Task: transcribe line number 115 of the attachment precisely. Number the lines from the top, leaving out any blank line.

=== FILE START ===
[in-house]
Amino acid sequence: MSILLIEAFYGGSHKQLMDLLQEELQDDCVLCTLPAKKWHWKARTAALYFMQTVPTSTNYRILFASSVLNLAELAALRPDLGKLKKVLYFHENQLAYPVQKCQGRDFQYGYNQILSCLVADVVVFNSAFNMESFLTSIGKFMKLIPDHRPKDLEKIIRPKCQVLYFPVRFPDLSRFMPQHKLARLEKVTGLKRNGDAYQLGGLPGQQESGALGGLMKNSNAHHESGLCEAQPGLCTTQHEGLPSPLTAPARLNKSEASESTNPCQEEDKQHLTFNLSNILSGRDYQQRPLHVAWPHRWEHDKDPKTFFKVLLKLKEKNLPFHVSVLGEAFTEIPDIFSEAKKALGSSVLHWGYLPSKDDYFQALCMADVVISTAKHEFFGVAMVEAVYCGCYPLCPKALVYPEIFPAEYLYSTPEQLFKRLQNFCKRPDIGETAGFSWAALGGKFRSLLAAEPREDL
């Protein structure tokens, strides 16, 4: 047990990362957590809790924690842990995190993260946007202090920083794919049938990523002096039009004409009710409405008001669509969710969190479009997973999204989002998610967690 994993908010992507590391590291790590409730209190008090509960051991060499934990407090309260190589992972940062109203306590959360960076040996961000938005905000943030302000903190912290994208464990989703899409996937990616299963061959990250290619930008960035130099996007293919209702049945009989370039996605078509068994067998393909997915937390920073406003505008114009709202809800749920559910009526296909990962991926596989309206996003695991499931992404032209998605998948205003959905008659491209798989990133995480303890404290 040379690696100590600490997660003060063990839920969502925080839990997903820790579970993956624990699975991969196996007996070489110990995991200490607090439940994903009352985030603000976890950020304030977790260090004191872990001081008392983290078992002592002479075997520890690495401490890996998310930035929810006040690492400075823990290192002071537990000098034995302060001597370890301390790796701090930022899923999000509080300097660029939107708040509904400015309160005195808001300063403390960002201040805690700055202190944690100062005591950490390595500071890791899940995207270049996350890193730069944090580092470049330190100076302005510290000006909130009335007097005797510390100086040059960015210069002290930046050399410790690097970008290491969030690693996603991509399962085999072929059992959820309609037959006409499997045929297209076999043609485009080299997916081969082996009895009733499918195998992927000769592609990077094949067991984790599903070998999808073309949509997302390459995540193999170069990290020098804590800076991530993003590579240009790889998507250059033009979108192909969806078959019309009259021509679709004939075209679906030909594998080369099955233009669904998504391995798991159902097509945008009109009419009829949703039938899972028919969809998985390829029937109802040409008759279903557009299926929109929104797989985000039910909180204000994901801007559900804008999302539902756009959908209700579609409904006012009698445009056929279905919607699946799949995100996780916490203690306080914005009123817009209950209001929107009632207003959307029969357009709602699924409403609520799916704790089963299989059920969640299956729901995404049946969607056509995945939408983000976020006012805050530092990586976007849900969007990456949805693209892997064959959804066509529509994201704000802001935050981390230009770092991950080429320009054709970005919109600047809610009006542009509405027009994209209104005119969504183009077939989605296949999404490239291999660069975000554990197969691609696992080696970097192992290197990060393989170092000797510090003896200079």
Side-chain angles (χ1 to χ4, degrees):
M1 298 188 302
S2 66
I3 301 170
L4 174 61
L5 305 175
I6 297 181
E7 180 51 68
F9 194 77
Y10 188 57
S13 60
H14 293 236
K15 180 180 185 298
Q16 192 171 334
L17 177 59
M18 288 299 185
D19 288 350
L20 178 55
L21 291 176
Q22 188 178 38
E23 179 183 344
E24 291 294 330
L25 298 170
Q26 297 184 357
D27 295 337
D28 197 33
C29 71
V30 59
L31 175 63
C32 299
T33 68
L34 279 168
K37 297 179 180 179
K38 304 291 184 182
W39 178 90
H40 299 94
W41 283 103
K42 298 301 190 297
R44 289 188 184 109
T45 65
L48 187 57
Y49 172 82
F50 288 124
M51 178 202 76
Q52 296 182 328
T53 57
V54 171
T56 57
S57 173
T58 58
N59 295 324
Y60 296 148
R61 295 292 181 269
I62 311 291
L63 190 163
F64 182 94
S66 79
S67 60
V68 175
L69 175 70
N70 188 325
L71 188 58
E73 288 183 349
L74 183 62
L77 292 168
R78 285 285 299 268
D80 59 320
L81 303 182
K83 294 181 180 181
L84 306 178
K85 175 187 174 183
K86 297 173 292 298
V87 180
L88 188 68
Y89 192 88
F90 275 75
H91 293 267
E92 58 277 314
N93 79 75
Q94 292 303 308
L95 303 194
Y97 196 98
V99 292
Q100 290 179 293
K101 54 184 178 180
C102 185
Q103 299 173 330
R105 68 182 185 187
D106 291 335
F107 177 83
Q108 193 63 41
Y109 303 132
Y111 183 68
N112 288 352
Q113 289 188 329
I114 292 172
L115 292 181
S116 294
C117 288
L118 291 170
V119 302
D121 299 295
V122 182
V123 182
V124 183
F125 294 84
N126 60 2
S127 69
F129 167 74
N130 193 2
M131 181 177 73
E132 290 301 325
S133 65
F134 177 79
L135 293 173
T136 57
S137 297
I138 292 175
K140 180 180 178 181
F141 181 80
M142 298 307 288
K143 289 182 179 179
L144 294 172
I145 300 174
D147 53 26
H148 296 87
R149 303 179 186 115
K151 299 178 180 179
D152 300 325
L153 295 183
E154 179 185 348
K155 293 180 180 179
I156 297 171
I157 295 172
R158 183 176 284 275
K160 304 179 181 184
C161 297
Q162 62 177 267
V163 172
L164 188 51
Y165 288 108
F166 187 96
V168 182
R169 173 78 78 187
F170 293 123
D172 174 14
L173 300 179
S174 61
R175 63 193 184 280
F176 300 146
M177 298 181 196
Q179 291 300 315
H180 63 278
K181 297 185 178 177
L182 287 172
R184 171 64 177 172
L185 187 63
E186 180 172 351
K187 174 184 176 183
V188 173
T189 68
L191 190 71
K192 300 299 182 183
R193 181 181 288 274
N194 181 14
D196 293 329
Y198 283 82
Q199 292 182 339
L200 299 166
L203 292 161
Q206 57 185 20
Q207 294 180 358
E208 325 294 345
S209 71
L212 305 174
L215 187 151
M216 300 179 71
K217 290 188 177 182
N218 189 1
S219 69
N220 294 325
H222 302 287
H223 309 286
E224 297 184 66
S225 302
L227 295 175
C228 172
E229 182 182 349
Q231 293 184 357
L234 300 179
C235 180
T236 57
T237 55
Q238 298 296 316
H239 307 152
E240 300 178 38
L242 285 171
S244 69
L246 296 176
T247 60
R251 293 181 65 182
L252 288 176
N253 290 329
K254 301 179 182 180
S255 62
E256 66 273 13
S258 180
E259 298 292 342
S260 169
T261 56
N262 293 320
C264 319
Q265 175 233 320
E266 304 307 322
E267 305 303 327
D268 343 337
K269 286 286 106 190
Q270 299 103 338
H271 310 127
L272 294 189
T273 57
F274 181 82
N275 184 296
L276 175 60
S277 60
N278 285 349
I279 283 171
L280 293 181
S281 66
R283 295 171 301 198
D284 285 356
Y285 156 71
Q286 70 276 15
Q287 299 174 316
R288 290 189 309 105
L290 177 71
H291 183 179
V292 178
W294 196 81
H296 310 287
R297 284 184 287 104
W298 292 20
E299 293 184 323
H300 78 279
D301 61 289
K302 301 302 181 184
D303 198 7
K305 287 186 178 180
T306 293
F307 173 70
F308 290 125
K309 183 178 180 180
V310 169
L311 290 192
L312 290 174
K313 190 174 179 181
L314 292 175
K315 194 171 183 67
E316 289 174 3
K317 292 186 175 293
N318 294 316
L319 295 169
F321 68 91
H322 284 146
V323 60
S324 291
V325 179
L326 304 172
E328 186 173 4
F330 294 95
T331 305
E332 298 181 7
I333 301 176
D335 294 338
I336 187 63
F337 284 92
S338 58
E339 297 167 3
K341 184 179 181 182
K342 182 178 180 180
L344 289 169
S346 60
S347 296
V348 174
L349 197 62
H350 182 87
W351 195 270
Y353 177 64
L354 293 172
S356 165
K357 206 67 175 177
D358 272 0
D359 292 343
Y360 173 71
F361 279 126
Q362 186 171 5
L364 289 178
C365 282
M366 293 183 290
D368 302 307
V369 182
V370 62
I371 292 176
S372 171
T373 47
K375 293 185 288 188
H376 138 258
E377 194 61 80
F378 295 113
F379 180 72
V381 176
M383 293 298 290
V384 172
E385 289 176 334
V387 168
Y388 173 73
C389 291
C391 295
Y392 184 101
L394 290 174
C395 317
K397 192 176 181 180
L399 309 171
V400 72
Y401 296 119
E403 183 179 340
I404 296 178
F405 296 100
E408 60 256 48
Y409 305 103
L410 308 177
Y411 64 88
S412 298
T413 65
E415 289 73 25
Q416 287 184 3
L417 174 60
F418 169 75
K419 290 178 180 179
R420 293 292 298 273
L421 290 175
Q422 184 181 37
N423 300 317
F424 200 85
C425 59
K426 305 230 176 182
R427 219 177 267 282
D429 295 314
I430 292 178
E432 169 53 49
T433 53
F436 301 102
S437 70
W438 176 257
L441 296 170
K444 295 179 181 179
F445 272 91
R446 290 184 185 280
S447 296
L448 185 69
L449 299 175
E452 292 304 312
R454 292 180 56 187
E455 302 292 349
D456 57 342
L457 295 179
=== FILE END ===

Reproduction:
E132 290 301 325